KOTA KINABALU: Opposition Parti Bersatu Sabah (PBS) does not want the government to issue Sabah Temporary Passes (PSS) to foreigners holding Kad Burung Burung and Census certificates as these are unrecognised documents.
PBS chief Datuk Dr Maximus Ongkili (pic) said that only the IMM13 document issued to Filipino civil war refugees was recognised under the country’s Immigration Act.
He said the Kad Burung Burung was created following a census by the Chief Minister’s Department while PBS ruled the state and the other was from the census done by the Federal Special Task Force on Illegal Immigrants.
As such, he said that those holding either of the two documents were illegal and should not be put under the planned PSS, which PBS is also against.
Ongkili hoped the voters of Kimanis would make stand on the PSS issue by voting for Barisan as a mark of opposition to the planned programme.
Ongkili insisted that the PSS was a “genuine security scare and a direct threat to the livelihood of local Sabahans” if the government went ahead with registering some 135,000 refugees and stateless people holding the three different documents.
He said that Sabahans could lose their livelihoods if those PSS holders were allowed to travel freely and pose a threat to the indigenous people of the state.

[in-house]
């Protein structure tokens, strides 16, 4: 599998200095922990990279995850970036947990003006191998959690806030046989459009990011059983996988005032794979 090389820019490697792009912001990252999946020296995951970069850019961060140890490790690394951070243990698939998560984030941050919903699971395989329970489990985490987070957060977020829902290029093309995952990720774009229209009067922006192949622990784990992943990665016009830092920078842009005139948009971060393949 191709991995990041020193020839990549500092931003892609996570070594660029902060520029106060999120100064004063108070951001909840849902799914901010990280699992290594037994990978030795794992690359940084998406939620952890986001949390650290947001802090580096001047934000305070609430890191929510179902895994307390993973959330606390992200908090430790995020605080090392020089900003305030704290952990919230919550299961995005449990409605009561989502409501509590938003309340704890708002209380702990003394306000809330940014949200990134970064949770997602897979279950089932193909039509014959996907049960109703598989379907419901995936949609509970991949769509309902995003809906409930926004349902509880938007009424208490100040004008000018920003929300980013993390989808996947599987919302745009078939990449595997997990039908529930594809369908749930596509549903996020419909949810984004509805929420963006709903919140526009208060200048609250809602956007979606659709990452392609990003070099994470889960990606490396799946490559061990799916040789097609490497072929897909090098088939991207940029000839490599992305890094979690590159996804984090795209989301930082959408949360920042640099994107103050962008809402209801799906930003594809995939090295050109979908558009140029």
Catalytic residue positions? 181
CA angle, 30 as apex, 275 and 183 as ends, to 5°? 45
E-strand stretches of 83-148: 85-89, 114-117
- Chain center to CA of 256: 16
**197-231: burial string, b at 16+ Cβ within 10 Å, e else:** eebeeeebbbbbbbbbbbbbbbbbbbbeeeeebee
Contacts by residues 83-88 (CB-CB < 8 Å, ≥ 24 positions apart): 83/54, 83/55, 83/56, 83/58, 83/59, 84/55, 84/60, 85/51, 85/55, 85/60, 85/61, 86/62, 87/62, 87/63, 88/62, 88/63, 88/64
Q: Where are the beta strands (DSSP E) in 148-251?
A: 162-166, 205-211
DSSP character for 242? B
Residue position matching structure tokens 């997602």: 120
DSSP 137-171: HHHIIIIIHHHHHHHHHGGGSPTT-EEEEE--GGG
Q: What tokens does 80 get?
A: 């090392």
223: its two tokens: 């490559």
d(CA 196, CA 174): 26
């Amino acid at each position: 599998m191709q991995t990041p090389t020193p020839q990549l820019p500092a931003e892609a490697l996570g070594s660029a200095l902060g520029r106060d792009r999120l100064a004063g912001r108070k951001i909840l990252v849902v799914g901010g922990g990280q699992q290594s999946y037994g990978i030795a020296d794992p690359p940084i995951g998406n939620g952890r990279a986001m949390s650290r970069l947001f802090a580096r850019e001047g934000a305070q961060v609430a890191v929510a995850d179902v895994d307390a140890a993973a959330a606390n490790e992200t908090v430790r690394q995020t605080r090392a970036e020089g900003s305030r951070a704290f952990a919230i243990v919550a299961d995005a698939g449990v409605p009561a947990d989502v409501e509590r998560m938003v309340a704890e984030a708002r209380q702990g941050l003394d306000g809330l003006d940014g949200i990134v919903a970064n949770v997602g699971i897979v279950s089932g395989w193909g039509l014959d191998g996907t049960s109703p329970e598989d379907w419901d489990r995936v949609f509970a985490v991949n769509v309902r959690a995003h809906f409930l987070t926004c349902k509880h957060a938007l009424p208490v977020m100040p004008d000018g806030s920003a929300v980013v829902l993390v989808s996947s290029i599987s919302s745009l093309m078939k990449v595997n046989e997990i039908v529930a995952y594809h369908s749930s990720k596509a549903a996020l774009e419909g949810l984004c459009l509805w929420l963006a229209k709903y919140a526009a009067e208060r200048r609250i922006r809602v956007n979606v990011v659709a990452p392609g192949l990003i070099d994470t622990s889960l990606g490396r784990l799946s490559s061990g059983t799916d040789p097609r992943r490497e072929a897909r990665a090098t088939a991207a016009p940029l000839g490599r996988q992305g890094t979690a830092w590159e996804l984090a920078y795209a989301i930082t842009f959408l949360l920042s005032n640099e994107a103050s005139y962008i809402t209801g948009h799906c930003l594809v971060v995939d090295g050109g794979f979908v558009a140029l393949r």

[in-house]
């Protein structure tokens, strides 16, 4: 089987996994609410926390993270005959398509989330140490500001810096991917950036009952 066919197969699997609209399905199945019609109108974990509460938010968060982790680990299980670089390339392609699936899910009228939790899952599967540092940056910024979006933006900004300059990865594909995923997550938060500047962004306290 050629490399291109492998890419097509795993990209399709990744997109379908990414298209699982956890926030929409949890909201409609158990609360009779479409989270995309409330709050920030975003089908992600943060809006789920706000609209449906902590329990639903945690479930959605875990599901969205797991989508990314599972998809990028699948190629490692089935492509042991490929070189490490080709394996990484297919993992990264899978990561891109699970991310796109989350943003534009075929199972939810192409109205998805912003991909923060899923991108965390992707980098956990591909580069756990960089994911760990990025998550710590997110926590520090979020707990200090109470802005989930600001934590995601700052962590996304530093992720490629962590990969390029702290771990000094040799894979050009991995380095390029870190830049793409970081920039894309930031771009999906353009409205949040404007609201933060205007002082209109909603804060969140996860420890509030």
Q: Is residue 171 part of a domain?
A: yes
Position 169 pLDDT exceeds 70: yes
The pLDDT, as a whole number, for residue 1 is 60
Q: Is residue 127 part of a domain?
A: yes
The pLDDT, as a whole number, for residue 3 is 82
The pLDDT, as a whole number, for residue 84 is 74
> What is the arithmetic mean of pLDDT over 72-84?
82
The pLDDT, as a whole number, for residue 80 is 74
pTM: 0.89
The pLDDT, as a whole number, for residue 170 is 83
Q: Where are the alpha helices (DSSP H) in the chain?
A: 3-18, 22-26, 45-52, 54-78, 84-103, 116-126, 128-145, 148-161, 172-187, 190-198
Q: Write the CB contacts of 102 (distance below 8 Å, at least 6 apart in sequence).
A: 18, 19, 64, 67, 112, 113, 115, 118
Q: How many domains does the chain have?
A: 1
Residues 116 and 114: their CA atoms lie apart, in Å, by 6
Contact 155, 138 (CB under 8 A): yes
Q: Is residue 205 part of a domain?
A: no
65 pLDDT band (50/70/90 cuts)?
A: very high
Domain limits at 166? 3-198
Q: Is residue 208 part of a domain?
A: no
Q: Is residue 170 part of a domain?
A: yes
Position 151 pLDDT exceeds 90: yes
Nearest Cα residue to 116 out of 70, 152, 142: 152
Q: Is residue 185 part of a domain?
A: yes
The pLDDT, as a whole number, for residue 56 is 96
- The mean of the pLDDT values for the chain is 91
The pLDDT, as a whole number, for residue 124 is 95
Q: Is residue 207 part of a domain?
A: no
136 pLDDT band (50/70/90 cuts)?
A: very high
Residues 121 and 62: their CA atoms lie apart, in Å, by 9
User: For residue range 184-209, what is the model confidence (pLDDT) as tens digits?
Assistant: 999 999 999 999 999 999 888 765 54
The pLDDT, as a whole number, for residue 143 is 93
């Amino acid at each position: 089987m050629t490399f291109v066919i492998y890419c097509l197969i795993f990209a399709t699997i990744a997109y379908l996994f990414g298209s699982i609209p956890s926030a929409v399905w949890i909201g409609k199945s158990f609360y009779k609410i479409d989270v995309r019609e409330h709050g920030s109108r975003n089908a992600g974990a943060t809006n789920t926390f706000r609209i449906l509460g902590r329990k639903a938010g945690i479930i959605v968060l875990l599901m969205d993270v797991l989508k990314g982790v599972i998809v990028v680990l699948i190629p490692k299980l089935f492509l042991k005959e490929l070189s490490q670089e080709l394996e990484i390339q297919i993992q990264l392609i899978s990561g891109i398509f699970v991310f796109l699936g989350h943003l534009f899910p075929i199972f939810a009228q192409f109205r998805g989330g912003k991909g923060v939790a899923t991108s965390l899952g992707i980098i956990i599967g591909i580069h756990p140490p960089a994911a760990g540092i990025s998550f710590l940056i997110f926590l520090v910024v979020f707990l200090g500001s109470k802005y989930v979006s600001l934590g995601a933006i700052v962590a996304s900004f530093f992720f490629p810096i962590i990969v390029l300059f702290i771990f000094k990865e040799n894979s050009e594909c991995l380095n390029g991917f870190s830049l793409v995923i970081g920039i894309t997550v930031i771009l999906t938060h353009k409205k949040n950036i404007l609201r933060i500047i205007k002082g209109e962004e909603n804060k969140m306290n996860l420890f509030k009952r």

He said that only those holding the IMM13 needed to be given attention while the others should be treated as illegal immigrants and sent back.
“There are about 65,000 IMM13 holders, excluding their family members, ” he said during a Chinese New year walkabout at the Lido market here on Sunday (Jan 12).
Barisan, with its allies PBS and Sabah STAR, are pushing for the halt to the issuance of PSS to “inland foreigners” who have been holding various other documents for decades and remain in Sabah.
On Saturday (Jan 11), Home Minister Tan Sri Muhyiddin Yassin said the high-security PSS card was to replace the three cards held by these foreigners that have been in Sabah for nearly five decades.
He said that it was not to issue citizenship as claimed by Barisan and other detractors but was a step towards resolving the long-standing problem that has haunted Sabah for the last five decades.
“These people have been here and nothing was done previously, ” he told reporters, explaining that it would not pose a threat to Sabahans as they were already in the state.
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